Salisbury to host 2011 Junior Olympic jumping
By CYNTHIA HOCHSWENDER
January, 28, 2010
SALISBURY — It might seem like a quaint old-fashioned ski jump, hidden away on a hill behind a field behind the LaBonne’s parking lot. But the Salisbury Winter Sports Association (SWSA) jump at Satre Hill has earned a significant honor: In 2011, it will be the site of the Junior Olympic Ski Jumping and Nordic Combined Event.
Fans of the sport who live in this part of the world know that ski jumping is a decades-old tradition. There used to be several jumps in area towns (see Page A8 for reminiscences of one former jump hill in North Canaan).
And it’s also a known fact that many of the top American jumpers compete here each year on jump weekend (this year’s begins Friday, Feb. 5, and continues through the weekend. For a full schedule, see the SWSA guide in this week’s Lakeville Journal). In fact, this year’s jumps (now known as Jumpfest) will be smaller than normal, because some of the athletes who would usually be competing here are going to be at the Winter Olympics in Vancouver.
Peter Frenette, for example, has jumped several times in Salisbury at the SWSA event. This year, according to SWSA President Ken Barker, “He’ll be at the World Junior Olympics for a week and then he’ll go on to train with the U.S. Ski Jump Team for Vancouver.”
Salisbury has a long history of locals who have competed in the Olympics, including the Satre brothers (Magnus and Ottar), who introduced the sport to Salisbury in 1926; although they were immigrants from Norway, they competed on the U.S. ski jumping team in the 1936 Winter Olympics in Germany, along with Salisbury residents Birger Torrissen and Richard Parsons Sr. Salisbury’s Roy Sherwood jumped for the U.S. in the 1956 games in Cortina, Italy.
All those men continued to coach and encourage young skiers and jumpers in the Northwest Corner during their lifetimes, and their legacy and their work are carried on by the extremely active volunteers of SWSA (pronounced, of course, swah-suh). These volunteers do everything from selling chili and candy bars on jump days; to planning the Snow Ball party at The White Hart and the ice carving competition (also at The White Hart) to finding homes for the athletes to stay in when they are in town for the competition.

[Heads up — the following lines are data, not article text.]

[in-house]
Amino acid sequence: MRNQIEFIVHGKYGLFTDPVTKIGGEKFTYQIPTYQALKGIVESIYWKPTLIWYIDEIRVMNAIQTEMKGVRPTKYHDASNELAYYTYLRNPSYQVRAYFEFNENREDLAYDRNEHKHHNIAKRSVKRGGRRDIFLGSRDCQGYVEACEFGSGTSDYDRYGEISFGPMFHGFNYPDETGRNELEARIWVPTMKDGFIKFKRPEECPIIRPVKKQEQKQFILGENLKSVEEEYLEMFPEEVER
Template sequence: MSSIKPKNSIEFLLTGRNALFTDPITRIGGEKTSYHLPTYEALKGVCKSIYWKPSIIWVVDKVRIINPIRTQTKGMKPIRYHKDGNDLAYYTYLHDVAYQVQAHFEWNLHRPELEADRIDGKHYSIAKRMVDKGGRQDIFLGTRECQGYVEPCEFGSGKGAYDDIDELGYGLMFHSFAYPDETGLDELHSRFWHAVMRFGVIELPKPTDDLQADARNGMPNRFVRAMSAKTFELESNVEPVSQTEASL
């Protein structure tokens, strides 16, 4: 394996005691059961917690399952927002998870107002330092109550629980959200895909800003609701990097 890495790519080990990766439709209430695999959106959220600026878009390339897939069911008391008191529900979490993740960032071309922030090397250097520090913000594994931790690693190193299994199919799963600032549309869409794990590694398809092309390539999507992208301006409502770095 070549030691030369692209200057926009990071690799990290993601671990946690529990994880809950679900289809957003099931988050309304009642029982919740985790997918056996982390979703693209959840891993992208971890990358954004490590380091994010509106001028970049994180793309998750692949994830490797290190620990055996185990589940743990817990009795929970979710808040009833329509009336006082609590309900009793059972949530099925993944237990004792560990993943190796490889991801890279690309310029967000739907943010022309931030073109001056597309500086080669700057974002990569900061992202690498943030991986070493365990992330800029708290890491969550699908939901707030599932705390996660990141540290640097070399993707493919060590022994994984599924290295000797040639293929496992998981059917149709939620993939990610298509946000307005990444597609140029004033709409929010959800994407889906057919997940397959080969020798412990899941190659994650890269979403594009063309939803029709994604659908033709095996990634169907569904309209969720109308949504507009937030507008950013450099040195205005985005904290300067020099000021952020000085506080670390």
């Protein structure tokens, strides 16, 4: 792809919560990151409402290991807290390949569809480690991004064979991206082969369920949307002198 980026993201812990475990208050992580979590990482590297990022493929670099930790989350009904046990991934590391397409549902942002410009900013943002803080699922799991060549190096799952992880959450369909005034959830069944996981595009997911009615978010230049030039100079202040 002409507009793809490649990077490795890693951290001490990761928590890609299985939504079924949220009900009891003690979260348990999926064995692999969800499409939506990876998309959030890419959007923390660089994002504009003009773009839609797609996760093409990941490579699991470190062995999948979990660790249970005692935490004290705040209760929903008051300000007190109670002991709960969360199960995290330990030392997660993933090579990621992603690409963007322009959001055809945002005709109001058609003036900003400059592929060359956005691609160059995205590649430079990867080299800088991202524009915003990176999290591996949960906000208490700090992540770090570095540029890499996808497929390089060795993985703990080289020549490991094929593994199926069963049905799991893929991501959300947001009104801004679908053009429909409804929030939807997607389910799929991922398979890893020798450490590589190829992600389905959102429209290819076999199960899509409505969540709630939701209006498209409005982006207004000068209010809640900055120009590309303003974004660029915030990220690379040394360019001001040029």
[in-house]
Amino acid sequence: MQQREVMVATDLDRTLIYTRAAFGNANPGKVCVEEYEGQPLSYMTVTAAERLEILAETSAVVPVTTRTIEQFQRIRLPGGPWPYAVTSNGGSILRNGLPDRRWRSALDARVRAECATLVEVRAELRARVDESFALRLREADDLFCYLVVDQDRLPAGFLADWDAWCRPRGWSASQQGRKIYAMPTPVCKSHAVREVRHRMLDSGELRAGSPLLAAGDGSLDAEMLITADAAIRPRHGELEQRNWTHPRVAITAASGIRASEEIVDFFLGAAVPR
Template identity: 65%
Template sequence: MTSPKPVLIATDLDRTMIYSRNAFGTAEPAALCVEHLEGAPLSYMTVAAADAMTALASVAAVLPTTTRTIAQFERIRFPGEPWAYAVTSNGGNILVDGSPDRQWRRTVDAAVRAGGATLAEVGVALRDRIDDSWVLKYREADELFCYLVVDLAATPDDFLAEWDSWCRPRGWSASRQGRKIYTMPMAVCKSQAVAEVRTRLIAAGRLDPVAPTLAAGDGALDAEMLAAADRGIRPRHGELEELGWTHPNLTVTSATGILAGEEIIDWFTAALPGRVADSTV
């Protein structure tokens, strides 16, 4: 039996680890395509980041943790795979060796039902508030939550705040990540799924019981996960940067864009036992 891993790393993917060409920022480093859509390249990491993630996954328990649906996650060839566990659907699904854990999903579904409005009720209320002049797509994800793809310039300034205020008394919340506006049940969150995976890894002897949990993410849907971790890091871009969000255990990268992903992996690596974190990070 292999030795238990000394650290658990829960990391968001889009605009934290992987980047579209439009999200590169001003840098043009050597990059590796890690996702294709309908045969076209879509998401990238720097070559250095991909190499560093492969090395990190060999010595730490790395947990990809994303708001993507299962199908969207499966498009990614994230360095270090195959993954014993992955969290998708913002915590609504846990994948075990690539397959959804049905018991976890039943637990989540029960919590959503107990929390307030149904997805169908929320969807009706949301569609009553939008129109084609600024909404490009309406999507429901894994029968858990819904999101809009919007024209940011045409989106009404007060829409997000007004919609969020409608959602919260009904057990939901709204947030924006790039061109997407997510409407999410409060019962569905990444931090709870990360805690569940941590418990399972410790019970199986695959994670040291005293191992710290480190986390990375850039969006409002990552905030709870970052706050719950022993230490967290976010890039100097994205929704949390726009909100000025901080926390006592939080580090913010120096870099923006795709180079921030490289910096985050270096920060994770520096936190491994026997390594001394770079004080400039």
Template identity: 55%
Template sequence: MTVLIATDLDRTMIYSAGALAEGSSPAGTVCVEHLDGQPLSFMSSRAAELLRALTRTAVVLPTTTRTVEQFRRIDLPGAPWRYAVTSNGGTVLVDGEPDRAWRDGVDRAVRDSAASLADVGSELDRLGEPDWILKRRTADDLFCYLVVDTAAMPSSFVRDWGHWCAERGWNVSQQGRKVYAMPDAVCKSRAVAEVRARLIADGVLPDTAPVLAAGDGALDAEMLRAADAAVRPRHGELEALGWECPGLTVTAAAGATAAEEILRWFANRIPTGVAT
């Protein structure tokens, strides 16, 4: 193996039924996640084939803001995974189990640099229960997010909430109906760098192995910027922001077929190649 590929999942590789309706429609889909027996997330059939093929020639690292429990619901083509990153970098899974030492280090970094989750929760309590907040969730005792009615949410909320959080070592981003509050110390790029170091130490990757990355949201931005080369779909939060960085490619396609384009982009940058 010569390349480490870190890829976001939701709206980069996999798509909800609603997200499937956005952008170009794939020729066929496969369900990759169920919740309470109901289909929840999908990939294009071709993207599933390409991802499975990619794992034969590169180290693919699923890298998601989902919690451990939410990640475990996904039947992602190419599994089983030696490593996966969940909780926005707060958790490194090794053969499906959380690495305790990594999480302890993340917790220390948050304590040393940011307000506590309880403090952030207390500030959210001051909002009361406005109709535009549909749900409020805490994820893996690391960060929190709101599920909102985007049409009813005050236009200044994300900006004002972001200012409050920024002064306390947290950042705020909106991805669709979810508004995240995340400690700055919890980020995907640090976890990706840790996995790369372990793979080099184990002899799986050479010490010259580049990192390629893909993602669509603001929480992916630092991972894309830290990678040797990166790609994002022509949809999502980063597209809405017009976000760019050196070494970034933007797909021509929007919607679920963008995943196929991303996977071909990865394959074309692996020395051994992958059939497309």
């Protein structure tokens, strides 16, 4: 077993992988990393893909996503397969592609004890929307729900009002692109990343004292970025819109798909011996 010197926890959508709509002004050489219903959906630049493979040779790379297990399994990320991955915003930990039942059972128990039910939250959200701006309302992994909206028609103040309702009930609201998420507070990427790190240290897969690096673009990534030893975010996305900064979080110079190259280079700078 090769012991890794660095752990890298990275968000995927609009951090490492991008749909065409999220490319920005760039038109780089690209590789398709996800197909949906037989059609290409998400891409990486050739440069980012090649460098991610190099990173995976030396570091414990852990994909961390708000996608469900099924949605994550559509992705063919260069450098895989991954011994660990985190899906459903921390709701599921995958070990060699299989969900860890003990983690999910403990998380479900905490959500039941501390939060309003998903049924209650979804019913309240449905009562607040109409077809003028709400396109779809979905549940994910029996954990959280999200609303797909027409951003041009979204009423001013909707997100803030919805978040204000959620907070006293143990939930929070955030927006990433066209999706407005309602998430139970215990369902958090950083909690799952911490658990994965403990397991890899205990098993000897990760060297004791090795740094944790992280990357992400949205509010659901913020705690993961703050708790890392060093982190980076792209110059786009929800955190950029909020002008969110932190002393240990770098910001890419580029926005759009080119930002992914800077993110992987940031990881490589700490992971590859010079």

The jumpers don’t seem to mind dossing down with local families. In fact, when interviewed, most say that this is one of their favorite venues for jumping, specifically because it’s such an intimate experience. They get to know the local townsfolk during their stay here, sometimes developing friendships that last through their entire lives. They also say they get a kick out of jumping at cozy Satre Hill, where fans bring out Swiss-style cow bells and ring them vigorously to encourage the jumpers to do their best. They can see the faces of the audience and hear their applause as they fly out over the snowy landing hill.
The jump itself is something of a relic. It was built in the 1950s and will have to be replaced before the Junior Olympics arrive. The old wooden structure, with its narrow vertigo-inducing stairs, will be replaced by a steel structure that meets modern specifications.
Money will be needed, obviously, to make this happen. But Northwest Corner residents have always been generous when it comes to this much-loved highlight of the winter season. The costs are expected to run nearly three-quarters of a million dollars: $500,000 for the tower, $100,000 for the judge’s stand, $100,000 for upgrades to the hill.
A Sharon firm, Churchill Brothers LLC, will do the work as soon as enough money has been collected.
Donations to this project should really be looked at as an investment in the future, Barker said. The impact on the local economy is expected to be significant, he said. The SWSA jumps already draw between 1,400 and 2,000 viewers. The Junior Olympics (which are expected to return to Salisbury every four years) will be held about a week after the SWSA Jumpfest. They will last for four days and should bring hundreds of jumpers and their coaches and families, as well as thousands of jump fans, to Salisbury.
“We are thrilled at the prospect of hosting such a prestigious event,” Barker said. “It will be the most exciting competition in Salisbury in more than 50 years. We are delighted to bring the nation’s top young jumpers and skiers to Satre Hill.”
© Copyright 2010 by TCExtra.com
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